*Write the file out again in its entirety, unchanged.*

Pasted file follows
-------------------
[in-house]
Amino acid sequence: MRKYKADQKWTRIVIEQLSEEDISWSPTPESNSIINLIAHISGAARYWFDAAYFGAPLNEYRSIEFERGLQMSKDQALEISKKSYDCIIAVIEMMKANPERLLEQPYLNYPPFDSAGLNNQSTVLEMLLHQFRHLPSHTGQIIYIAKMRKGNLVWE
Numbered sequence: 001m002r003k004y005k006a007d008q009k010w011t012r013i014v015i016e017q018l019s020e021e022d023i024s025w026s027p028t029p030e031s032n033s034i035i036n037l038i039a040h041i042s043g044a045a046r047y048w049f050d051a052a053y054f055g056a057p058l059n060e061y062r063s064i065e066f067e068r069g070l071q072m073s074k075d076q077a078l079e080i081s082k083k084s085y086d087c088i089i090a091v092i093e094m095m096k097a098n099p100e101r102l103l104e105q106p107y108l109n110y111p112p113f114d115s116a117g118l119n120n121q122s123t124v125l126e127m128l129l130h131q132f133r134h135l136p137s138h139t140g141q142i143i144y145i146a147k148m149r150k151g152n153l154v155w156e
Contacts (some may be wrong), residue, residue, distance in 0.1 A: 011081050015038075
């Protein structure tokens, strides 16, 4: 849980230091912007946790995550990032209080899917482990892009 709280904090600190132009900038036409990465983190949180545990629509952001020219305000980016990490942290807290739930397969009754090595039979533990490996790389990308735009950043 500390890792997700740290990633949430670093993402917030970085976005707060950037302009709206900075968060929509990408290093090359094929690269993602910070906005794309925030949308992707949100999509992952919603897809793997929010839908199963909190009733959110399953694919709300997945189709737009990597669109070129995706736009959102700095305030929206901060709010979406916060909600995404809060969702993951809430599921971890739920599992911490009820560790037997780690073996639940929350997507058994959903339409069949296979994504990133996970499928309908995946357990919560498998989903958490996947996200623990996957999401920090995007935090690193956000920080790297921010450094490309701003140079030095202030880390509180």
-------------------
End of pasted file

[in-house]
Amino acid sequence: MRKYKADQKWTRIVIEQLSEEDISWSPTPESNSIINLIAHISGAARYWFDAAYFGAPLNEYRSIEFERGLQMSKDQALEISKKSYDCIIAVIEMMKANPERLLEQPYLNYPPFDSAGLNNQSTVLEMLLHQFRHLPSHTGQIIYIAKMRKGNLVWE
Numbered sequence: 001m002r003k004y005k006a007d008q009k010w011t012r013i014v015i016e017q018l019s020e021e022d023i024s025w026s027p028t029p030e031s032n033s034i035i036n037l038i039a040h041i042s043g044a045a046r047y048w049f050d051a052a053y054f055g056a057p058l059n060e061y062r063s064i065e066f067e068r069g070l071q072m073s074k075d076q077a078l079e080i081s082k083k084s085y086d087c088i089i090a091v092i093e094m095m096k097a098n099p100e101r102l103l104e105q106p107y108l109n110y111p112p113f114d115s116a117g118l119n120n121q122s123t124v125l126e127m128l129l130h131q132f133r134h135l136p137s138h139t140g141q142i143i144y145i146a147k148m149r150k151g152n153l154v155w156e
Contacts (some may be wrong), residue, residue, distance in 0.1 A: 011081050015038075
């Protein structure tokens, strides 16, 4: 849980230091912007946790995550990032209080899917482990892009 709280904090600190132009900038036409990465983190949180545990629509952001020219305000980016990490942290807290739930397969009754090595039979533990490996790389990308735009950043 500390890792997700740290990633949430670093993402917030970085976005707060950037302009709206900075968060929509990408290093090359094929690269993602910070906005794309925030949308992707949100999509992952919603897809793997929010839908199963909190009733959110399953694919709300997945189709737009990597669109070129995706736009959102700095305030929206901060709010979406916060909600995404809060969702993951809430599921971890739920599992911490009820560790037997780690073996639940929350997507058994959903339409069949296979994504990133996970499928309908995946357990919560498998989903958490996947996200623990996957999401920090995007935090690193956000920080790297921010450094490309701003140079030095202030880390509180």